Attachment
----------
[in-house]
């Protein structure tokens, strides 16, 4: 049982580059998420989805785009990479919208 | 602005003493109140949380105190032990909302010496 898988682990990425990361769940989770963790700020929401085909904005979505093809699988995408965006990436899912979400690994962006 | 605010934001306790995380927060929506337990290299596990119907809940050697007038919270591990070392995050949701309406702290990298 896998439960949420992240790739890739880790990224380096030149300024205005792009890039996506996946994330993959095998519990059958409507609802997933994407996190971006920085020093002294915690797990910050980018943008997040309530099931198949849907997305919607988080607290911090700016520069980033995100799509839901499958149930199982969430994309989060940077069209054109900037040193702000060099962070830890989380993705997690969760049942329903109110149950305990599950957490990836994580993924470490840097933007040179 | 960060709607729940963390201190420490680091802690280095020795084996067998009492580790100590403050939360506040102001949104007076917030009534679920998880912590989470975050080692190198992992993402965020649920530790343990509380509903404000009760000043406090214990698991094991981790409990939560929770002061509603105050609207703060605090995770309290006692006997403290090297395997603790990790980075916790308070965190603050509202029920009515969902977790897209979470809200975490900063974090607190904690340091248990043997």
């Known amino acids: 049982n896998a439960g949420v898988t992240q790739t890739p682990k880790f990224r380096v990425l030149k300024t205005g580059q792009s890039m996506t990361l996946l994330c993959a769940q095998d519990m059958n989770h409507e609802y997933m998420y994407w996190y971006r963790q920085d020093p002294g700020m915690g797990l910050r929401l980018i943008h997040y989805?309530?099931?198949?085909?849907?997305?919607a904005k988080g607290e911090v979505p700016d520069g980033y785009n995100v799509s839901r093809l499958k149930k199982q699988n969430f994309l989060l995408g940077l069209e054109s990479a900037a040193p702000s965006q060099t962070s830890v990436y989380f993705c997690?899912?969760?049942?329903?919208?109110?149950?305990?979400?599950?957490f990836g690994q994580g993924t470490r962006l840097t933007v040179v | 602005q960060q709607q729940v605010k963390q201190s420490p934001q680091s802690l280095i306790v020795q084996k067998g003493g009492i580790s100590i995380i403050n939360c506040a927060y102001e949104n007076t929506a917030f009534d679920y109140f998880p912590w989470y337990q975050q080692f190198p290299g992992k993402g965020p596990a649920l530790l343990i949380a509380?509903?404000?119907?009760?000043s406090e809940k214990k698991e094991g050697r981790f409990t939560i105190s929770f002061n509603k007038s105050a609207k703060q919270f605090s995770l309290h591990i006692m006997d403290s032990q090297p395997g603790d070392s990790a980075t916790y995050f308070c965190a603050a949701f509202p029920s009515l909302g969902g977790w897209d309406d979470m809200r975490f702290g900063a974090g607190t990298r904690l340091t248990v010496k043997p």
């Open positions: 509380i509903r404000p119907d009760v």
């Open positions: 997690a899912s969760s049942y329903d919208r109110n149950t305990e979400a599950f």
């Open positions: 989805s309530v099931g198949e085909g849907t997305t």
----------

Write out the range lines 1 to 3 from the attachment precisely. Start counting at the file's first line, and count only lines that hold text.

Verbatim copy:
[in-house]
């Protein structure tokens, strides 16, 4: 049982580059998420989805785009990479919208 | 602005003493109140949380105190032990909302010496 898988682990990425990361769940989770963790700020929401085909904005979505093809699988995408965006990436899912979400690994962006 | 605010934001306790995380927060929506337990290299596990119907809940050697007038919270591990070392995050949701309406702290990298 896998439960949420992240790739890739880790990224380096030149300024205005792009890039996506996946994330993959095998519990059958409507609802997933994407996190971006920085020093002294915690797990910050980018943008997040309530099931198949849907997305919607988080607290911090700016520069980033995100799509839901499958149930199982969430994309989060940077069209054109900037040193702000060099962070830890989380993705997690969760049942329903109110149950305990599950957490990836994580993924470490840097933007040179 | 960060709607729940963390201190420490680091802690280095020795084996067998009492580790100590403050939360506040102001949104007076917030009534679920998880912590989470975050080692190198992992993402965020649920530790343990509380509903404000009760000043406090214990698991094991981790409990939560929770002061509603105050609207703060605090995770309290006692006997403290090297395997603790990790980075916790308070965190603050509202029920009515969902977790897209979470809200975490900063974090607190904690340091248990043997």
């Known amino acids: 049982n896998a439960g949420v898988t992240q790739t890739p682990k880790f990224r380096v990425l030149k300024t205005g580059q792009s890039m996506t990361l996946l994330c993959a769940q095998d519990m059958n989770h409507e609802y997933m998420y994407w996190y971006r963790q920085d020093p002294g700020m915690g797990l910050r929401l980018i943008h997040y989805?309530?099931?198949?085909?849907?997305?919607a904005k988080g607290e911090v979505p700016d520069g980033y785009n995100v799509s839901r093809l499958k149930k199982q699988n969430f994309l989060l995408g940077l069209e054109s990479a900037a040193p702000s965006q060099t962070s830890v990436y989380f993705c997690?899912?969760?049942?329903?919208?109110?149950?305990?979400?599950?957490f990836g690994q994580g993924t470490r962006l840097t933007v040179v | 602005q960060q709607q729940v605010k963390q201190s420490p934001q680091s802690l280095i306790v020795q084996k067998g003493g009492i580790s100590i995380i403050n939360c506040a927060y102001e949104n007076t929506a917030f009534d679920y109140f998880p912590w989470y337990q975050q080692f190198p290299g992992k993402g965020p596990a649920l530790l343990i949380a509380?509903?404000?119907?009760?000043s406090e809940k214990k698991e094991g050697r981790f409990t939560i105190s929770f002061n509603k007038s105050a609207k703060q919270f605090s995770l309290h591990i006692m006997d403290s032990q090297p395997g603790d070392s990790a980075t916790y995050f308070c965190a603050a949701f509202p029920s009515l909302g969902g977790w897209d309406d979470m809200r975490f702290g900063a974090g607190t990298r904690l340091t248990v010496k043997p």